Barack ObamaBarack Hussein ObamaAll five living former presidents to attend hurricane relief concert Overnight Health Care: Schumer calls for tying ObamaCare fix to children's health insurance | Puerto Rico's water woes worsen | Dems plead for nursing home residents' right to sue Interior moves to delay Obama’s methane leak rule MORE and John McCainJohn Sidney McCainRubio asks Army to kick out West Point grad with pro-communist posts The VA's woes cannot be pinned on any singular administration Overnight Defense: Mattis offers support for Iran deal | McCain blocks nominees over Afghanistan strategy | Trump, Tillerson spilt raises new questions about N. Korea policy MORE, despite being their hectic campaign schedules, are sharing news stories through their Google Reader RSS feeds.

Google today launched a new site dubbed Power Readers in Politics, and the McCain and Obama campaigns are using it to highlight news stories and blog posts, sharing content on behalf of their candidates.

The site is essentially a forum for the candidates as well as top journalists and bloggers--aka "power readers," the most influential consumers and producers of online news--to share articles and blog posts, making them viewable to ordinary readers who want to see what they're reading. The so-called power readers can comment on the RSS-fed content, and the site has the feel of a discussion board for the mega-brokers of political information.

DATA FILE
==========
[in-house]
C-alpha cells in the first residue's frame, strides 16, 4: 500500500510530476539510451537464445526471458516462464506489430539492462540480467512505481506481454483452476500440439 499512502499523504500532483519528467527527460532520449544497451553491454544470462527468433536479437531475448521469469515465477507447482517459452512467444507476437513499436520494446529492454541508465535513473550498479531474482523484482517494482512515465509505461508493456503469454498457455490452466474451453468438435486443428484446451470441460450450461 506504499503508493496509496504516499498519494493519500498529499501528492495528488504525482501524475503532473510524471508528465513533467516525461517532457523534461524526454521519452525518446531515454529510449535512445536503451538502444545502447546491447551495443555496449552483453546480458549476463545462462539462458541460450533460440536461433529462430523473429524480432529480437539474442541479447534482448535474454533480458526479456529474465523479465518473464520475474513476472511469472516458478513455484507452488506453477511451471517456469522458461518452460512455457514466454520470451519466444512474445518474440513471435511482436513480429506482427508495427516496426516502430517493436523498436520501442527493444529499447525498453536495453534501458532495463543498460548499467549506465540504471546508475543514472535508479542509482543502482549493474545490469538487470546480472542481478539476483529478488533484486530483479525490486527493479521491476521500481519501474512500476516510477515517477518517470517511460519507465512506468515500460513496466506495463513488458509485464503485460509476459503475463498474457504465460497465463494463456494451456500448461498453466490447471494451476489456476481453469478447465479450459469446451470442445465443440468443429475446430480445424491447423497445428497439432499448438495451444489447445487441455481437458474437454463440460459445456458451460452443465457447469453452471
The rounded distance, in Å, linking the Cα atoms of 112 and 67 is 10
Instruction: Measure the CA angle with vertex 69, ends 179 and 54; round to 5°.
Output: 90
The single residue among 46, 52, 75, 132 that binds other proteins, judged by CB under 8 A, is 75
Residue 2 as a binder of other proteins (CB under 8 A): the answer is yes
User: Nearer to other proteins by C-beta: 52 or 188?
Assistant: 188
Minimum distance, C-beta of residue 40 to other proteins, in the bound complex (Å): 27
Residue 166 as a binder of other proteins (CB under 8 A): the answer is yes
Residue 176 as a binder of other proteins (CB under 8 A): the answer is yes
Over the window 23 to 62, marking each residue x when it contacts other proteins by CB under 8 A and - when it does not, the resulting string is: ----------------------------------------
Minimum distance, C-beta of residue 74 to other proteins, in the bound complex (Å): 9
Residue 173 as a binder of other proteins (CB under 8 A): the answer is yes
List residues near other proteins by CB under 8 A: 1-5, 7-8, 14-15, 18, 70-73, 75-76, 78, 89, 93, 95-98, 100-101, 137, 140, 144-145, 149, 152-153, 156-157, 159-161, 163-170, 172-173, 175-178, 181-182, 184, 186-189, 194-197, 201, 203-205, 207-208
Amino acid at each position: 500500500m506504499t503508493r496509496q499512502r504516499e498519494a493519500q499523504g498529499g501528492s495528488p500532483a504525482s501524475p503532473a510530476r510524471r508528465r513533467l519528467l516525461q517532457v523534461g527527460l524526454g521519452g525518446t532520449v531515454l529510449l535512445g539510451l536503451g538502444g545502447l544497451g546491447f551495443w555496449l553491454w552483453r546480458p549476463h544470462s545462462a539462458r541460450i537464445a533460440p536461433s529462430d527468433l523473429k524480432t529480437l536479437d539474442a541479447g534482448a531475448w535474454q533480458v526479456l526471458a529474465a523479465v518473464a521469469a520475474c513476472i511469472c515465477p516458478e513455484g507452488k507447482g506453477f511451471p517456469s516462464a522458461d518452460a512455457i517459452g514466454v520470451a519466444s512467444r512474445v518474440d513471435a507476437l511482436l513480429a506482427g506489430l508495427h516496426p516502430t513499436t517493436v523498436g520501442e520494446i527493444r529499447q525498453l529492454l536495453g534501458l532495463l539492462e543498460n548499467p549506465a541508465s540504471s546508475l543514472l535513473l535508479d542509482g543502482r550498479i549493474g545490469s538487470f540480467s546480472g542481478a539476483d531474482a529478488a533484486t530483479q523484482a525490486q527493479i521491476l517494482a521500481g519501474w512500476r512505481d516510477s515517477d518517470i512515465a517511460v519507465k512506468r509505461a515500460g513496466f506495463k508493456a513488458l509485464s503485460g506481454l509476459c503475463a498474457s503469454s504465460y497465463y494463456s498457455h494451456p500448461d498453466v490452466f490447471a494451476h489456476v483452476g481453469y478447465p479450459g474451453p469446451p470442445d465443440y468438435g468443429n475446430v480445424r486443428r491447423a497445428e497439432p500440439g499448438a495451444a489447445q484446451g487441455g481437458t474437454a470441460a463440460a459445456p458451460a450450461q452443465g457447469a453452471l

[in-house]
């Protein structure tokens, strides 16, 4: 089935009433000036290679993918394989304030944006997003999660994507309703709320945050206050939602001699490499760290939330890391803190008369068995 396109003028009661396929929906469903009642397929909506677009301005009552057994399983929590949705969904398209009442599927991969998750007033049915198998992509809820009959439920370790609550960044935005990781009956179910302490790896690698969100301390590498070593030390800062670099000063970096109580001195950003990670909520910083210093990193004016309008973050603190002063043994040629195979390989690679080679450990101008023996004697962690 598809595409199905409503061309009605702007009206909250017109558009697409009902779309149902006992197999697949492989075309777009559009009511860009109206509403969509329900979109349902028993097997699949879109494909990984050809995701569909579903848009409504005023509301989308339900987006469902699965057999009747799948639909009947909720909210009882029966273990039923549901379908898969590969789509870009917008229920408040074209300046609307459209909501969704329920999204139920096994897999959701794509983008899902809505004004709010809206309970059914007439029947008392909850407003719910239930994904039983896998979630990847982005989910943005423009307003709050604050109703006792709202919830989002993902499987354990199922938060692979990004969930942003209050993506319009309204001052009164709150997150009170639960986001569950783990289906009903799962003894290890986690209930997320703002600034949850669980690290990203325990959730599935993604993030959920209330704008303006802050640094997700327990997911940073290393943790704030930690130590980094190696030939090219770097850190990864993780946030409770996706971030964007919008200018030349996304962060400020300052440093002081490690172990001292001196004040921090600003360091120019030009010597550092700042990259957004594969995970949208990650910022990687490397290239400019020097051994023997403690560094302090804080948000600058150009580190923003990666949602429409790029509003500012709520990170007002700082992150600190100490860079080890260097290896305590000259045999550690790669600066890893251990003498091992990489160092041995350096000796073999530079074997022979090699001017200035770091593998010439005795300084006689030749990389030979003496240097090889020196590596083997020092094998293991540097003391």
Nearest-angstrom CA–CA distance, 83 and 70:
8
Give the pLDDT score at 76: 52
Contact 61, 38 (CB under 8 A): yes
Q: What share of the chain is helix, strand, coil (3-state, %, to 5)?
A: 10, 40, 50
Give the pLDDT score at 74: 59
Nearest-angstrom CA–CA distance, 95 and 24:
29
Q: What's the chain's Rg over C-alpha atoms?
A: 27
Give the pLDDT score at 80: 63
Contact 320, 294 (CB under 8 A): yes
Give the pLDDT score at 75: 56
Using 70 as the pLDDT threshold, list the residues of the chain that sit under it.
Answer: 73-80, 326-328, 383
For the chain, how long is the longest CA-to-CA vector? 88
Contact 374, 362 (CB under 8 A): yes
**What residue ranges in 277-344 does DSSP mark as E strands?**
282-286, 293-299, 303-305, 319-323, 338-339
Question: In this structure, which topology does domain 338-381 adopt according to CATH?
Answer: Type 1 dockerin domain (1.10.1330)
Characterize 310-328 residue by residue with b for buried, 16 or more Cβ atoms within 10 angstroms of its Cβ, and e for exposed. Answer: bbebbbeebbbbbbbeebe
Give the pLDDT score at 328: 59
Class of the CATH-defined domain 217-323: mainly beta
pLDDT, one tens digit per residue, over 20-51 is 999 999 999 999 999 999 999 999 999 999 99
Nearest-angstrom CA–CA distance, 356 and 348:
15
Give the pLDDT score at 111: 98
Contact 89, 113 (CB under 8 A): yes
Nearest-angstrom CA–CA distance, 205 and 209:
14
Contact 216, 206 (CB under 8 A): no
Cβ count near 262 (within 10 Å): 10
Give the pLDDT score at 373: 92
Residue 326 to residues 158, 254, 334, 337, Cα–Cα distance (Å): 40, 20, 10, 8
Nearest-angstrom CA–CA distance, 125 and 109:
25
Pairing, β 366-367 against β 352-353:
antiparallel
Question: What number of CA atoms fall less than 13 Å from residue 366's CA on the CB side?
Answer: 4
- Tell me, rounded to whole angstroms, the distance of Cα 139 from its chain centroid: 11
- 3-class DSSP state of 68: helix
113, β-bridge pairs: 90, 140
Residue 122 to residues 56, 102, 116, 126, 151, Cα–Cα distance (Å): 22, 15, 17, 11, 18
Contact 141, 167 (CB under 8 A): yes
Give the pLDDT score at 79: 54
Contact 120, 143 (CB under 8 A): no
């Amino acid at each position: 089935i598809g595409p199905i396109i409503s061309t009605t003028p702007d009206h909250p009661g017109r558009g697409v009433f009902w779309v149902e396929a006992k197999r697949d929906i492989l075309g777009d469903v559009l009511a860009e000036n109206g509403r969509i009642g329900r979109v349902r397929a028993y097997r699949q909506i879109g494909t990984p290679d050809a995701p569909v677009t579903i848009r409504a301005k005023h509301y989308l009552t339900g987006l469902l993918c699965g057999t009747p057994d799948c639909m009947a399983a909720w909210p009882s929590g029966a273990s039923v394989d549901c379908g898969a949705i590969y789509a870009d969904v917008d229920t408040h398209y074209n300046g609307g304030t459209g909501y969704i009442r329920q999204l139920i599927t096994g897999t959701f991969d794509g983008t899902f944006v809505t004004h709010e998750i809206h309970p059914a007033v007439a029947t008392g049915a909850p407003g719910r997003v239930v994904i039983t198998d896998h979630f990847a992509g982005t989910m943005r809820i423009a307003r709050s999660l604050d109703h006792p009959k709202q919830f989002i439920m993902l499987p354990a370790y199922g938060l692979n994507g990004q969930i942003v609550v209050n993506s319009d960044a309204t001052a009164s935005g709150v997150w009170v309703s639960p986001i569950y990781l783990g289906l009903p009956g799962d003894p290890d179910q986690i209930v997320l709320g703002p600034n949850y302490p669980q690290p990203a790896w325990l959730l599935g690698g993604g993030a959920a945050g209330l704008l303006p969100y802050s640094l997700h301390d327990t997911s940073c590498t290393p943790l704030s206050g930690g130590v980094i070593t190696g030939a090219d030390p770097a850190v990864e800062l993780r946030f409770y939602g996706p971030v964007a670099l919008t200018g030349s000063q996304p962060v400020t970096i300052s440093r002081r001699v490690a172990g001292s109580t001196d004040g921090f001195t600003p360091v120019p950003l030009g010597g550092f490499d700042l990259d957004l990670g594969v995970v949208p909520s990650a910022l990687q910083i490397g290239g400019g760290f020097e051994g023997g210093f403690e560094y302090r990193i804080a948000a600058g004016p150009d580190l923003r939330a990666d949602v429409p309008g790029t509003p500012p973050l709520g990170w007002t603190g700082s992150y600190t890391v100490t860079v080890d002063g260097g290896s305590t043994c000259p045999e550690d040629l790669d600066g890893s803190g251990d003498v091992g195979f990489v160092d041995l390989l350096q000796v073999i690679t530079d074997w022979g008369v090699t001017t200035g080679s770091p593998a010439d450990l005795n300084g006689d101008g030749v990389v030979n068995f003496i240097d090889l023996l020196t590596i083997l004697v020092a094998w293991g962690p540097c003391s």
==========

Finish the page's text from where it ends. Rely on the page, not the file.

The site's "power readers" include The Huffington Post's Arianna Huffington, TIME Editor-at-Large Mark Halperin, The Next Right's Patrick Ruffini, and others, in addition to the candidates themselves.

Google Reader, a popular RSS feeder that displays content from newspapers and blogs, allows users to share and comment on news stories and blog posts with friends added through the site. Power Readers takes the friending out of the equation, letting browsers see what the power readers have read and said without friending them through the traditional process.